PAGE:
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Easing the Way of the Sandwich Generation

| Monte Schwartz

Recently we received a phone call from an adult son. His parents live in the Quad Cities area, and even though he lives a couple hours away, he is one of the closest and most involved of the children. Due to concerns over his father’s health, they were considering various options, such as home health care, independent living, and assisted living.

Here is the interesting, though not at all uncommon, part: it became obvious shortly into the conversation that he was not really calling for his father at all. Sure, we discussed care needs (first and foremost), finances, location, goals, etc., in regard to helping him with his father. However, once we were able to delve a little deeper into the son’s motivations it became clear, and he even admitted, that his main reason for contacting us was for his mom, the person who had been dad’s primary caregiver up to that point. She had always been in good health and up to the task. Yet the son could see that it was beginning to take its toll and that it was likely to only get worse.

Many of the themes that we bring up when doing presentations clearly resonate with the audience members who have had some experience caring for an elderly loved one. None more so than discussions of caregiver stress. And small wonder. We all know from experience the strain of caregiving. Studies also seem to support what we suspect intuitively. Experts, for example, note the emotional burden carried by caregivers. Besides stress, they are likely to feel isolated, burned out, and have an overall sense of being overwhelmed. According to the Family Caregiver Alliance, between 40 and 70 percent of caregivers are stressed enough to show symptoms of clinical depression.

All of this obviously takes a physical toll as well. The Shriver Report, a study conducted by Maria Shriver and the Alzheimer’s Association, estimated that “caregivers’ own health care costs an additional $4 billion dollars a year due to the emotional and physical stress and strain of caregiving.” Billion with a “b” as the saying goes. That is a lot.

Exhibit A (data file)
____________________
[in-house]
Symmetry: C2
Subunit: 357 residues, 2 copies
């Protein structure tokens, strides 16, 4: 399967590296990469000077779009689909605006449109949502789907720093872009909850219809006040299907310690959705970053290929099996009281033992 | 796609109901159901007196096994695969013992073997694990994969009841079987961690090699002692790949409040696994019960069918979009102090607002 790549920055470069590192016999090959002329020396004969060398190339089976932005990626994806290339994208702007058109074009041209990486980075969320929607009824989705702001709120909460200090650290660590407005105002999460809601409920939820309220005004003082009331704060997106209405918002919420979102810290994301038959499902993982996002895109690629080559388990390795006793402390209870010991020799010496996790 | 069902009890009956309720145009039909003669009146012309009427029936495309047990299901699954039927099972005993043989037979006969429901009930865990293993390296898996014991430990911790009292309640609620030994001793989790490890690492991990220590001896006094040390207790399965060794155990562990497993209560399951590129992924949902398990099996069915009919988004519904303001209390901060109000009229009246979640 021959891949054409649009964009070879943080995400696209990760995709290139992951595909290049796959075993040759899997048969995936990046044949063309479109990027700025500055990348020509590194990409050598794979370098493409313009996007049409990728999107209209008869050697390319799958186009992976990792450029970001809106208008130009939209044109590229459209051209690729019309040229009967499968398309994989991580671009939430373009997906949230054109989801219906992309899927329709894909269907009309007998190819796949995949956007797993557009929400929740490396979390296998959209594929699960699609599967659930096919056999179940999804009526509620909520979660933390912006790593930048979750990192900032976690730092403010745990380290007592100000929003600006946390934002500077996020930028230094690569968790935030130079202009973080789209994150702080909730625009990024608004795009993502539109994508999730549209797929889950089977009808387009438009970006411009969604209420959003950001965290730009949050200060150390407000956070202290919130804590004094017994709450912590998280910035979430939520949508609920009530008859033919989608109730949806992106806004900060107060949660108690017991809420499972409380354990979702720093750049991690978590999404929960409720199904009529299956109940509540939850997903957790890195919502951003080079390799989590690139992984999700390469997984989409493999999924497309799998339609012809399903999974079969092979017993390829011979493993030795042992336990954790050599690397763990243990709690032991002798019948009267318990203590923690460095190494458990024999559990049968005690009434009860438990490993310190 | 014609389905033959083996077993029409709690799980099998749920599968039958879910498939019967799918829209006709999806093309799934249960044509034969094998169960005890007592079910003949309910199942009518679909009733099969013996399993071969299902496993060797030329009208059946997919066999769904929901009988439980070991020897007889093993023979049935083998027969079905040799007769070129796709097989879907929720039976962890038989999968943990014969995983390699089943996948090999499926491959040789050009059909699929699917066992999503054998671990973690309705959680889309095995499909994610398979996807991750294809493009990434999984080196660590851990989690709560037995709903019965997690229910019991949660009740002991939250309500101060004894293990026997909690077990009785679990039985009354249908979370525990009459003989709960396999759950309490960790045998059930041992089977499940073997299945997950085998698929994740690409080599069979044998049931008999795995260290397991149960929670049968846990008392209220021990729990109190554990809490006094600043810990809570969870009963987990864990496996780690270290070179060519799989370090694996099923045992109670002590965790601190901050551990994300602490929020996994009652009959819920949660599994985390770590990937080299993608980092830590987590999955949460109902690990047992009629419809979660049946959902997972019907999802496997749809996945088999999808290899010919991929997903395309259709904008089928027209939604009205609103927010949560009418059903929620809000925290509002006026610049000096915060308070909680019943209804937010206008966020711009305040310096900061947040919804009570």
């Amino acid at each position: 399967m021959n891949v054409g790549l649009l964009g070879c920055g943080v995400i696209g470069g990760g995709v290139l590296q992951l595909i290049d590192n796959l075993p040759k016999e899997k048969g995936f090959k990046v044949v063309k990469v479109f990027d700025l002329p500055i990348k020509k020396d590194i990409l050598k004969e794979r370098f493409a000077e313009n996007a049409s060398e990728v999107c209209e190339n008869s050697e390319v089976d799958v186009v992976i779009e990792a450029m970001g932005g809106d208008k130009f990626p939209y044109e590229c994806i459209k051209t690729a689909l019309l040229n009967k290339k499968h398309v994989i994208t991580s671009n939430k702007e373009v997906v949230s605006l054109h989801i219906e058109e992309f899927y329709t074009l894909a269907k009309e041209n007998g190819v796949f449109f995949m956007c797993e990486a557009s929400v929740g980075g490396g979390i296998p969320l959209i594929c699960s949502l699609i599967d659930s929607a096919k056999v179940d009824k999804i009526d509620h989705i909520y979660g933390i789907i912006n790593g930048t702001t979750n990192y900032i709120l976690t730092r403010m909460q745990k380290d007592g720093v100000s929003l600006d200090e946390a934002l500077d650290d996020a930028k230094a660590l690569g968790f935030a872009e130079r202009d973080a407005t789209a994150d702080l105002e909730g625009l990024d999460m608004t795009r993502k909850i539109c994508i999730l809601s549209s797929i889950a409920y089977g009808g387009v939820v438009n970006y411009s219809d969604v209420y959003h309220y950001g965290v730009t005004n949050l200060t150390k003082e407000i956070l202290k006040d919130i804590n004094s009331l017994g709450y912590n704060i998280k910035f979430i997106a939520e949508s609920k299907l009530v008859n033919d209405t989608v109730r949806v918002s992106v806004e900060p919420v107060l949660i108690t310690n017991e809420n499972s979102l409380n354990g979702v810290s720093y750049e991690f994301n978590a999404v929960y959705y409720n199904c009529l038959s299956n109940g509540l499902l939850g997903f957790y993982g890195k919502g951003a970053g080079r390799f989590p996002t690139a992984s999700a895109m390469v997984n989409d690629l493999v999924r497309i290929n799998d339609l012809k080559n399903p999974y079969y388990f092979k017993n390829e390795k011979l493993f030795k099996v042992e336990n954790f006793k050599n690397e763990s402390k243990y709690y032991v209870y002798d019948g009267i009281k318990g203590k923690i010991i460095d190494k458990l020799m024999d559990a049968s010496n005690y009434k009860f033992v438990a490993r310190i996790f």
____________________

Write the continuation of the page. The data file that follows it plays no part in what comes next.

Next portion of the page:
In the example cited above, this is where the wife was finding herself. Moreover, this is where the son was starting to find himself. As his mom needed to give up the role of caregiver, the son tried to fill the void, not easy to do from out of town. A working professional, by the time he had found us, he had burned through all of his vacation days.

Not only that, he had his own wife and kids to worry about, and he wasn’t above letting me know that his own marriage was suffering as a result of all of this. However one defines it, he clearly self-identified as a member of the “sandwich generation”—trying to balance the needs of his own growing children with those of his aging parents.

This, as many of you know from first-hand experience, is no easy task and obviously adds another dimension to the already challenging role of caregiver. An article on the Mayo Clinic website calls it “the ‘perfect storm’ for stress.” Psychologist Katherine Nordal of the American Psychological Association says the stress these caregivers feel shouldn’t be surprising. “The worry of your parents’ health, and your children’s well-being as well as the financial concern of putting kids through college and saving for your own retirement is a lot to handle.”

July, coincidentally enough, is actually National Sandwich Generation Month. Try to make it a priority to give yourself a break if you are a member of this group or helping out if you know someone who is. (The following words of the Dalai Lama come to mind: “How can we be expected to care for others if we do not care for ourselves.”)